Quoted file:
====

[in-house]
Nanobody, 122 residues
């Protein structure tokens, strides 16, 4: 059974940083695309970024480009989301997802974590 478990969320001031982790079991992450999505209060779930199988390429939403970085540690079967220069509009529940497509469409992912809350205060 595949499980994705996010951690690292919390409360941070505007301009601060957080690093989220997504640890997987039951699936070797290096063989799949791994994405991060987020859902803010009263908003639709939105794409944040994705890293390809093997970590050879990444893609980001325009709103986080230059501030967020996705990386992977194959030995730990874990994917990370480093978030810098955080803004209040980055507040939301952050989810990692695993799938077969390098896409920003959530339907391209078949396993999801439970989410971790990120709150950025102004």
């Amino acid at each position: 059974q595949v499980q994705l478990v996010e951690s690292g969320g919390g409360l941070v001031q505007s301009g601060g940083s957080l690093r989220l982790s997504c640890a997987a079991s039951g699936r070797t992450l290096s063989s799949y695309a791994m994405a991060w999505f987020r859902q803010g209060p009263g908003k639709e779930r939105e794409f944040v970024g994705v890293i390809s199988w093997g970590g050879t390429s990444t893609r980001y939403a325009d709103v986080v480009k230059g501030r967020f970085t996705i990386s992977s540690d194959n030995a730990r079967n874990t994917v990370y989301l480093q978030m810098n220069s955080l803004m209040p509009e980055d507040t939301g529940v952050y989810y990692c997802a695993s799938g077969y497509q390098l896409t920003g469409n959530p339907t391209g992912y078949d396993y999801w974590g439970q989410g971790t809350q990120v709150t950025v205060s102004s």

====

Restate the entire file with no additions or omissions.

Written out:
[in-house]
Nanobody, 122 residues
């Protein structure tokens, strides 16, 4: 059974940083695309970024480009989301997802974590 478990969320001031982790079991992450999505209060779930199988390429939403970085540690079967220069509009529940497509469409992912809350205060 595949499980994705996010951690690292919390409360941070505007301009601060957080690093989220997504640890997987039951699936070797290096063989799949791994994405991060987020859902803010009263908003639709939105794409944040994705890293390809093997970590050879990444893609980001325009709103986080230059501030967020996705990386992977194959030995730990874990994917990370480093978030810098955080803004209040980055507040939301952050989810990692695993799938077969390098896409920003959530339907391209078949396993999801439970989410971790990120709150950025102004």
């Amino acid at each position: 059974q595949v499980q994705l478990v996010e951690s690292g969320g919390g409360l941070v001031q505007s301009g601060g940083s957080l690093r989220l982790s997504c640890a997987a079991s039951g699936r070797t992450l290096s063989s799949y695309a791994m994405a991060w999505f987020r859902q803010g209060p009263g908003k639709e779930r939105e794409f944040v970024g994705v890293i390809s199988w093997g970590g050879t390429s990444t893609r980001y939403a325009d709103v986080v480009k230059g501030r967020f970085t996705i990386s992977s540690d194959n030995a730990r079967n874990t994917v990370y989301l480093q978030m810098n220069s955080l803004m209040p509009e980055d507040t939301g529940v952050y989810y990692c997802a695993s799938g077969y497509q390098l896409t920003g469409n959530p339907t391209g992912y078949d396993y999801w974590g439970q989410g971790t809350q990120v709150t950025v205060s102004s």